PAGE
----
Since February 1998 the Yugoslav army and Serbian police have fought against the separatist Kosovo Liberation Army, but their scorched-earth tactics have been concentrated on ethnic Albanian civilians — Muslims who make up 90% of Kosovo's population. More than 900 Kosovars have been killed in the fighting this year, and the hundreds of thousands forced to flee their homes are without adequate food and shelter. Although Serbs make up only 10% of Kosovo's population, the region figures strongly in Serbian nationalist mythology.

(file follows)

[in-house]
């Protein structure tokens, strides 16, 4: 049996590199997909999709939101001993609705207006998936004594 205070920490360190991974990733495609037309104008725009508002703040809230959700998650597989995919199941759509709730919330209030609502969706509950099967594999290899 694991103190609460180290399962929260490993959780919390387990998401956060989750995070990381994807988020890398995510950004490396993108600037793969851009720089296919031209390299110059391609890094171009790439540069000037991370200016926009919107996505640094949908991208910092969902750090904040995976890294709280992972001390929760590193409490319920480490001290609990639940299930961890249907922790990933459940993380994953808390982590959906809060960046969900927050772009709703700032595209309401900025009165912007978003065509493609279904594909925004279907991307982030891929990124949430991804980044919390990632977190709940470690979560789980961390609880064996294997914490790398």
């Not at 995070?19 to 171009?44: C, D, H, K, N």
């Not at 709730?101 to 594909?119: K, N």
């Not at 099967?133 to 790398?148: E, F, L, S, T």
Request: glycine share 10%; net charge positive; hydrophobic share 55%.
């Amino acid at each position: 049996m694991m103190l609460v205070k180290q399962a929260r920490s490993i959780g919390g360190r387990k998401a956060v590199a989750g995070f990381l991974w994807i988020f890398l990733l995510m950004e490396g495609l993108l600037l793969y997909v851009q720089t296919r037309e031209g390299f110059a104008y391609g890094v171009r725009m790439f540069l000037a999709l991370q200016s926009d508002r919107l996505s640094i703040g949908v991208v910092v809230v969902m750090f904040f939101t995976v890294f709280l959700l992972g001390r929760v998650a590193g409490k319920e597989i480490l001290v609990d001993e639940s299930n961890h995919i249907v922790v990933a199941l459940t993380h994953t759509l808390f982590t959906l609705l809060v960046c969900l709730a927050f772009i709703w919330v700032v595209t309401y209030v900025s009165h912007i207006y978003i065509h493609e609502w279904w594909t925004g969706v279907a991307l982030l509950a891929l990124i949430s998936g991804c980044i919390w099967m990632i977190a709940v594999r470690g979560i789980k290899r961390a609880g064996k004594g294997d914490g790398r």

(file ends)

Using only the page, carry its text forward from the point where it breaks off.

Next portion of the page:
NATO was reluctant to intervene because Kosovo —unlike Bosnia in 1992— was legally a province of Yugoslavia. The proof of civilian massacres finally gave NATO the impetus to intervene for the first time ever in the dealings of a sovereign nation with its own people. In an October 12 truce brokered by American diplomat Richard Holbrooke, and under the threat of a military air strike —for which there was little enthusiasm among several NATO countries— President Slobodan Milosevic agreed to the withdrawal of military forces. Fighting continued, however, and neither side accepted Washington's proposal for the province — Kosovars demand full independence, while Serb leaders will agree only to limited autonomy.
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